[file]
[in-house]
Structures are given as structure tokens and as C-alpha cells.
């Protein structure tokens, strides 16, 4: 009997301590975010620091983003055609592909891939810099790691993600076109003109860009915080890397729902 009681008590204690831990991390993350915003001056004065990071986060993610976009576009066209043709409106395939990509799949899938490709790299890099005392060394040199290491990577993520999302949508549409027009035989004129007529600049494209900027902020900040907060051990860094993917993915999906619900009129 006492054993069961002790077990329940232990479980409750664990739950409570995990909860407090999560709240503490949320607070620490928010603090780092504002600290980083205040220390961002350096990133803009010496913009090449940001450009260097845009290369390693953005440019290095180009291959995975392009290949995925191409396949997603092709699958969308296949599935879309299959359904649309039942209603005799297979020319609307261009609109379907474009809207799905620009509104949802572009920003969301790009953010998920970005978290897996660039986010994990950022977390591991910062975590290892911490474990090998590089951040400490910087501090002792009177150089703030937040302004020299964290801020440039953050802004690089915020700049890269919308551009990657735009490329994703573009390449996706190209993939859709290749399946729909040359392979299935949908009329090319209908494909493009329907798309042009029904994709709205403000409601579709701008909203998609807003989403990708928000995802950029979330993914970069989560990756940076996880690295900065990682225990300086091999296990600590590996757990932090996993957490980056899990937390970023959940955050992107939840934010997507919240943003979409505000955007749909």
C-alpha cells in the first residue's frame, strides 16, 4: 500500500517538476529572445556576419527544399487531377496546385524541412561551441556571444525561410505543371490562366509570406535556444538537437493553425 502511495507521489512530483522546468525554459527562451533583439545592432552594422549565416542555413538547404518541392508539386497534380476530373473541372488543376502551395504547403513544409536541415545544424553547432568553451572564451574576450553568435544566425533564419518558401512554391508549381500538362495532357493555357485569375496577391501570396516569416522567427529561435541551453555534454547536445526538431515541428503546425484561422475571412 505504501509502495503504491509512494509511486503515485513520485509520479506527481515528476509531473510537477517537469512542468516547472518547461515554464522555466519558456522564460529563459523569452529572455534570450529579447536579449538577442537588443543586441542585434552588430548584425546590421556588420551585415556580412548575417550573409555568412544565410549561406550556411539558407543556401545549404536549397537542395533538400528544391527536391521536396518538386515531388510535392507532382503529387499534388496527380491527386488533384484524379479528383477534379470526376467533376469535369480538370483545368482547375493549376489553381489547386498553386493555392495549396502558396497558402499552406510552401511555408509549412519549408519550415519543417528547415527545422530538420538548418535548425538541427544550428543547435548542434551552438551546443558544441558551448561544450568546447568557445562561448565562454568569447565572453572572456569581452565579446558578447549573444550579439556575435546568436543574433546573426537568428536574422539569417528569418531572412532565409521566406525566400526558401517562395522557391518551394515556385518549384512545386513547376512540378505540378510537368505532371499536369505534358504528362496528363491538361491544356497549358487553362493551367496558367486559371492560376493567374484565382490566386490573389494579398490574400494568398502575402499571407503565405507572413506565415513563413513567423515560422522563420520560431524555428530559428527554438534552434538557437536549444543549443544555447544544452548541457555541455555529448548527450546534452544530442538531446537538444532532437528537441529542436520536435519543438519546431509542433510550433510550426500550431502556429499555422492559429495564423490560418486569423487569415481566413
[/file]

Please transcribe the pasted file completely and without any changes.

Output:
[in-house]
Structures are given as structure tokens and as C-alpha cells.
């Protein structure tokens, strides 16, 4: 009997301590975010620091983003055609592909891939810099790691993600076109003109860009915080890397729902 009681008590204690831990991390993350915003001056004065990071986060993610976009576009066209043709409106395939990509799949899938490709790299890099005392060394040199290491990577993520999302949508549409027009035989004129007529600049494209900027902020900040907060051990860094993917993915999906619900009129 006492054993069961002790077990329940232990479980409750664990739950409570995990909860407090999560709240503490949320607070620490928010603090780092504002600290980083205040220390961002350096990133803009010496913009090449940001450009260097845009290369390693953005440019290095180009291959995975392009290949995925191409396949997603092709699958969308296949599935879309299959359904649309039942209603005799297979020319609307261009609109379907474009809207799905620009509104949802572009920003969301790009953010998920970005978290897996660039986010994990950022977390591991910062975590290892911490474990090998590089951040400490910087501090002792009177150089703030937040302004020299964290801020440039953050802004690089915020700049890269919308551009990657735009490329994703573009390449996706190209993939859709290749399946729909040359392979299935949908009329090319209908494909493009329907798309042009029904994709709205403000409601579709701008909203998609807003989403990708928000995802950029979330993914970069989560990756940076996880690295900065990682225990300086091999296990600590590996757990932090996993957490980056899990937390970023959940955050992107939840934010997507919240943003979409505000955007749909």
C-alpha cells in the first residue's frame, strides 16, 4: 500500500517538476529572445556576419527544399487531377496546385524541412561551441556571444525561410505543371490562366509570406535556444538537437493553425 502511495507521489512530483522546468525554459527562451533583439545592432552594422549565416542555413538547404518541392508539386497534380476530373473541372488543376502551395504547403513544409536541415545544424553547432568553451572564451574576450553568435544566425533564419518558401512554391508549381500538362495532357493555357485569375496577391501570396516569416522567427529561435541551453555534454547536445526538431515541428503546425484561422475571412 505504501509502495503504491509512494509511486503515485513520485509520479506527481515528476509531473510537477517537469512542468516547472518547461515554464522555466519558456522564460529563459523569452529572455534570450529579447536579449538577442537588443543586441542585434552588430548584425546590421556588420551585415556580412548575417550573409555568412544565410549561406550556411539558407543556401545549404536549397537542395533538400528544391527536391521536396518538386515531388510535392507532382503529387499534388496527380491527386488533384484524379479528383477534379470526376467533376469535369480538370483545368482547375493549376489553381489547386498553386493555392495549396502558396497558402499552406510552401511555408509549412519549408519550415519543417528547415527545422530538420538548418535548425538541427544550428543547435548542434551552438551546443558544441558551448561544450568546447568557445562561448565562454568569447565572453572572456569581452565579446558578447549573444550579439556575435546568436543574433546573426537568428536574422539569417528569418531572412532565409521566406525566400526558401517562395522557391518551394515556385518549384512545386513547376512540378505540378510537368505532371499536369505534358504528362496528363491538361491544356497549358487553362493551367496558367486559371492560376493567374484565382490566386490573389494579398490574400494568398502575402499571407503565405507572413506565415513563413513567423515560422522563420520560431524555428530559428527554438534552434538557437536549444543549443544555447544544452548541457555541455555529448548527450546534452544530442538531446537538444532532437528537441529542436520536435519543438519546431509542433510550433510550426500550431502556429499555422492559429495564423490560418486569423487569415481566413